Bands rarely earn encores anymore. A concert’s rules, not its mojo, oblige groups to return for one last song, even if the preceding 90-minute set sounded no better than the cries of a dying cat.

School of Rock earns every laugh and, yes, bit of tear it draws from you. It looks like it would be the same old gooey candy about a shifty guy whose heart is warmed to a new world view by a bunch of cute-cute kids. But star Jack Black, co-star / writer Mike White and director Richard Linklater subversively smear that candy all over their face.

The movie is a triumph, riotously funny, moving and deftly mainstream without falling into clichéd pitfalls. It’s obvious material made surprising by smart filmmaking choices. And if this movie doesn’t make Black a household name, then, well, nothing will.

He plays Dewey Finn, a rock musician who is good at going over the top on solos, but not at paying the rent or getting on with his band mates. Dewey is mooching a place to stay off his best friend Ned (White), a substitute teacher whom Dewey owes at least $2,000 in back rent money.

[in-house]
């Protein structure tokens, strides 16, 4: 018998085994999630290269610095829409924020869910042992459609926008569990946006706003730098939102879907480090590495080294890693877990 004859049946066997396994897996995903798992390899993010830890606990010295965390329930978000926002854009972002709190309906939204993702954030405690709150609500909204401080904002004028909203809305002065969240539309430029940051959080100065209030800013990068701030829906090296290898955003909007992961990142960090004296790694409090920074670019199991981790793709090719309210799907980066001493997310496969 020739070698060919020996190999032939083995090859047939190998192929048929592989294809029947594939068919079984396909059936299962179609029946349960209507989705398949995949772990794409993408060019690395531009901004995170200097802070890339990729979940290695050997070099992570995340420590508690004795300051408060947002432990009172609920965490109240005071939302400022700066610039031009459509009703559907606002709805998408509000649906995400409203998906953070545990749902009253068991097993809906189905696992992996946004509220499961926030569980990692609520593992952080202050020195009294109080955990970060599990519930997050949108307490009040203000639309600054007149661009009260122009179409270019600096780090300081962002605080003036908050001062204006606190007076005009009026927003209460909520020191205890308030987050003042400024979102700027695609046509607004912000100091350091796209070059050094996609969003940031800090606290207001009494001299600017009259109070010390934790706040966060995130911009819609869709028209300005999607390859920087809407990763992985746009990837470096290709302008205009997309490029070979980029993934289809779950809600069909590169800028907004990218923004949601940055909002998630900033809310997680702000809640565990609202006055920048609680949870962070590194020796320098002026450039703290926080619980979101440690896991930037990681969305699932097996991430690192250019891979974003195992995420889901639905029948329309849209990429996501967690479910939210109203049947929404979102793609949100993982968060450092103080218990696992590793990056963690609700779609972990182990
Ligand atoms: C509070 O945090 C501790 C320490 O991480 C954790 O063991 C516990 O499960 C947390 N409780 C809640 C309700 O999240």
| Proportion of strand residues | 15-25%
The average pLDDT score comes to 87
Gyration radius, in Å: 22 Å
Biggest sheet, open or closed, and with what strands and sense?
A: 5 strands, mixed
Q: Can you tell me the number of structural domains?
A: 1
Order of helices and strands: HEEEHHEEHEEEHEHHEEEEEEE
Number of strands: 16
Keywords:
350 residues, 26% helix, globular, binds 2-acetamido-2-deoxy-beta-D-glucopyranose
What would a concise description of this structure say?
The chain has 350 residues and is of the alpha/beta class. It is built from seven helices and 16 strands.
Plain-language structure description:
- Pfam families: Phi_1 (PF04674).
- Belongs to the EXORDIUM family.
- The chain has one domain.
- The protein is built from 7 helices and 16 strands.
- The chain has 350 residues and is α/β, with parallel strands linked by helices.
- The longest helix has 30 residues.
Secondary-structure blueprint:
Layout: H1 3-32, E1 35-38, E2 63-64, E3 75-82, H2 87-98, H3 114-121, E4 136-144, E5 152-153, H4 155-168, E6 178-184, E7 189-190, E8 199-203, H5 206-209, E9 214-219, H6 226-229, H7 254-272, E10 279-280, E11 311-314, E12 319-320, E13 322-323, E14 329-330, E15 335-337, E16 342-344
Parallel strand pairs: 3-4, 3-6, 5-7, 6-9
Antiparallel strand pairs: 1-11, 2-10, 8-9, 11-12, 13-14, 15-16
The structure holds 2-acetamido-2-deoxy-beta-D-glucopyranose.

Fired from his band, Dewey takes a call about a job for Ned, fakes his voice and fraudulently signs on to teach fourth grade at a prestigious private school. At first bored and annoyed, Dewey is inspired when he hears the children play in their classical music class. Deciding to teach them in the ways of rock ‘n’ roll, he hatches a plan to win a $20,000 battle of the bands using the kids.

School of Rock captures the wonderful allure of rock ‘n’ roll as well, if not better than, Almost Famous. It’s on the kids’ faces as they listen to “homework assignments” such as Led Zeppelin and Yes and when they walk in and behold the expanse of the climactic concert venue.

And Black, best known in musical circles as one-half of spoof-rockers Tenacious D, subtly finds that Dewey has lost touch with rock as well. The way he helps the kids, as they help him, is never sentimental and always true.

Larger than life in every scene, it’s Black’s movie all the way, but he never overdoes it. He remembers not to crowd out the kids and leaves room for fantastic supporting work from Joan Cusack, who turns what you’d expect to be a disapproving principal into a character with surprising depth.

School of Rock is one outstanding comic set piece after another, book-ended with sweetness and an impeccable rock soundtrack. It’s a joyous film, and one of the best of the year.